According to the latest reports available, Mubarak`s numerous sessions with ranking military officials as well as the direct contacts made by US President Barack Obama have been continuing till this morning to find any kind of way possible to prevent the millions-strong demonstrations from turning into a rally against the US and the Zionist regime.

The concern is due to reports by some Egyptian intelligence officials who said yesterday that there was a strong possibility of seeing the flags of the US and the Zionist regime torched during the Tuesday demonstrations by the Egyptian public.

There are also possibilities that the continuing unrest in the country would lead to attacks on the US embassy and American citizens by the angry crowds.

Political observers believe the Egyptian nation`s demonstration is rapidly gaining new dimensions and momentum giving rise to speculations that the preserving of the Mubarak regime is no longer a priority with the Washington officials.

The latest decisions by the US administration to evacuate its citizens from Egypt indicates the high concerns on the part of the US officials about the fact that the millions-strong demonstration in Egypt is adopting slogans against the US and Israel.

A Cairo citizen, introducing himself as Abdullah, said people have reached the conclusion that the US is stopping Mubarak from leaving his post and as such is confronting the will of the Egyptian nation.

Latest news from Cairo have it that the army commanders have been ordered to use violent methods against the public if demonstrations develop a new face by adopting anti-US moves.

Egypt, particularly during the Mubarak rule, has been a strategic US ally in the region.(*)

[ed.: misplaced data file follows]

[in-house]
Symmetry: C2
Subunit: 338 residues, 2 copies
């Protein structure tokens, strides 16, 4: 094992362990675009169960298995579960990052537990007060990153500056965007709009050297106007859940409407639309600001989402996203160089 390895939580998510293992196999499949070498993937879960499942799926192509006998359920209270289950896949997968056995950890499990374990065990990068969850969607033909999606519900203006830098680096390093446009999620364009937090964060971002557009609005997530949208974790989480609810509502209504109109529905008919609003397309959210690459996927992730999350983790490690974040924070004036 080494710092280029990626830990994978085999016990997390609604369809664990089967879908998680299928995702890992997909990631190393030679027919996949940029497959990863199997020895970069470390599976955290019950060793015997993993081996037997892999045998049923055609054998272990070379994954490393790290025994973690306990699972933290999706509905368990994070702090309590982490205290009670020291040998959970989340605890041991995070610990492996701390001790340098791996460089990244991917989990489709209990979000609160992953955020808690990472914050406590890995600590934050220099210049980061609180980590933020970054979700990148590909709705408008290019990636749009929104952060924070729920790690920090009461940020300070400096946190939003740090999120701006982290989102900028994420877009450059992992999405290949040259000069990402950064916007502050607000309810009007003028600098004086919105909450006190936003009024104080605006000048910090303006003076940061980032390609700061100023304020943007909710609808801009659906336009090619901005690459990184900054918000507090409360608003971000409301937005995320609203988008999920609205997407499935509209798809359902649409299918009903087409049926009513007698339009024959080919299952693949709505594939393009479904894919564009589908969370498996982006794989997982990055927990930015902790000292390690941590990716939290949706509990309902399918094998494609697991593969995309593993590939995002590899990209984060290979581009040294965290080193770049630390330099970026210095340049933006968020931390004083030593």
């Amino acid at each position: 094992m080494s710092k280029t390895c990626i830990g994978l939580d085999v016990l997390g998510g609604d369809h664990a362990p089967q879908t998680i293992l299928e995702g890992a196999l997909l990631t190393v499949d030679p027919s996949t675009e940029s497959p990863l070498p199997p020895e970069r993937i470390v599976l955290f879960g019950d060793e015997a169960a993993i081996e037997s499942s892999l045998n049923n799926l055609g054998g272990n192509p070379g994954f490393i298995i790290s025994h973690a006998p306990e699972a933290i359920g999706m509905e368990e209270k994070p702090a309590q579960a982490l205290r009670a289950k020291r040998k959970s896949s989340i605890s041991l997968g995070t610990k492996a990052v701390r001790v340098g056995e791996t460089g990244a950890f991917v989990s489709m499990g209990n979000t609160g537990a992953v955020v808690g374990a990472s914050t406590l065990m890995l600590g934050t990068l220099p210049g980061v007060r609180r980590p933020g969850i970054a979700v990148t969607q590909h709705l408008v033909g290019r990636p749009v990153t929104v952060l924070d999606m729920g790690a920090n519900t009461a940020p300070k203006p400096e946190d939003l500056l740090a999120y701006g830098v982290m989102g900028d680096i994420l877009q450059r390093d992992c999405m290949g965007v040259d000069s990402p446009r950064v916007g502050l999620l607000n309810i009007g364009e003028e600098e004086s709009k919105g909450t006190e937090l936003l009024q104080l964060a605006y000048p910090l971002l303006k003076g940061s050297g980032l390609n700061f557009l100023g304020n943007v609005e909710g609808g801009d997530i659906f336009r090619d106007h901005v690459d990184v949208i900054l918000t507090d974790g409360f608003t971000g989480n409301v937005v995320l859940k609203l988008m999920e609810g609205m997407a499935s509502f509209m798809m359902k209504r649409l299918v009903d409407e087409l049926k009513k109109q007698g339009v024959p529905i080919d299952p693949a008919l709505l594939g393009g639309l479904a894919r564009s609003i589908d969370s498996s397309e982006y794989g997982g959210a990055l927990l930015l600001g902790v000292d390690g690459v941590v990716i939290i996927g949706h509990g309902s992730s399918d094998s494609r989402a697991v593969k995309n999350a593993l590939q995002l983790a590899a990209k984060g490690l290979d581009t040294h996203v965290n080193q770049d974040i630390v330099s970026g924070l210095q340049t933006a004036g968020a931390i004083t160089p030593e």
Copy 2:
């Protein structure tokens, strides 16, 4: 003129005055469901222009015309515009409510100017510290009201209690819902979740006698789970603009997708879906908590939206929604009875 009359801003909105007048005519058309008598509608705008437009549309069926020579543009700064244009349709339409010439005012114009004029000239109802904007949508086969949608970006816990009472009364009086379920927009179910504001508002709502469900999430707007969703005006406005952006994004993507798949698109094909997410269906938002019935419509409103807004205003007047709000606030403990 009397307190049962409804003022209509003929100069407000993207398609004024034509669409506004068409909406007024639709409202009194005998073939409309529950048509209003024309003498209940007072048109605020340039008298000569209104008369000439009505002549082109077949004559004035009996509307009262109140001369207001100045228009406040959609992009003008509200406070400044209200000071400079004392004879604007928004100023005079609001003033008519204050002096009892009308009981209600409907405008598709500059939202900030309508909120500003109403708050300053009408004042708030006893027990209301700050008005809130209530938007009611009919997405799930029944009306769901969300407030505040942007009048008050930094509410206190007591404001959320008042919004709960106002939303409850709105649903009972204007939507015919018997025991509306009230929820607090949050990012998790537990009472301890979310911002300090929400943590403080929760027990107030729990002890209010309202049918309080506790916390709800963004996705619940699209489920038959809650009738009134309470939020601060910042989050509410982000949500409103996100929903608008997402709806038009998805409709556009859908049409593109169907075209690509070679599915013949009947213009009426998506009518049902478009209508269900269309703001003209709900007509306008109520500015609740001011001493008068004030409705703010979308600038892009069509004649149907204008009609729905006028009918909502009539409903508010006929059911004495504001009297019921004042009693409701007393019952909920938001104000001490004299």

U.S. urges Egypt's Mubarak do more; envoy in Cairo

FILE : U.S. President Barack Obama meets with his Egyptian counterpart Hosni Mubarak at the White House in Washington in this August 18, 2009 file photo. Obama on Sunday urged an "orderly transition" to democracy in Egypt, stopping short of calling on Mubarak to step down but signaling that his days may be numbered. REUTERS/Jim Young/Files


Feb 01 (KATAKAMI / Reuters) – The United States urged Egyptian President Hosni Mubarak on Monday to do more than name a new government in response to mass protests and sent an envoy to Cairo to reinforce the message.

Former U.S. ambassador to Egypt Frank Wisner was on the ground in Cairo as U.S. officials sought to bring pressure on Mubarak without openly calling on him to step down.

Officials said the Egyptian government needs a path to a credible presidential election in September as part of an “orderly transition.” Also needed are a lifting of emergency law and negotiations with a broad cross-section of Egyptians, including opposition groups, they said.

State Department spokesman P.J. Crowley said Wisner “has the opportunity to gain a perspective on what they’re thinking and what their ideas are in terms of process that we’ve clearly called for.”

Still walking a diplomatic tightrope, the White House insisted President Barack Obama was not calling on Mubarak to step down after a week of street protests against him and said it was up to the Egyptian people to decide their own future.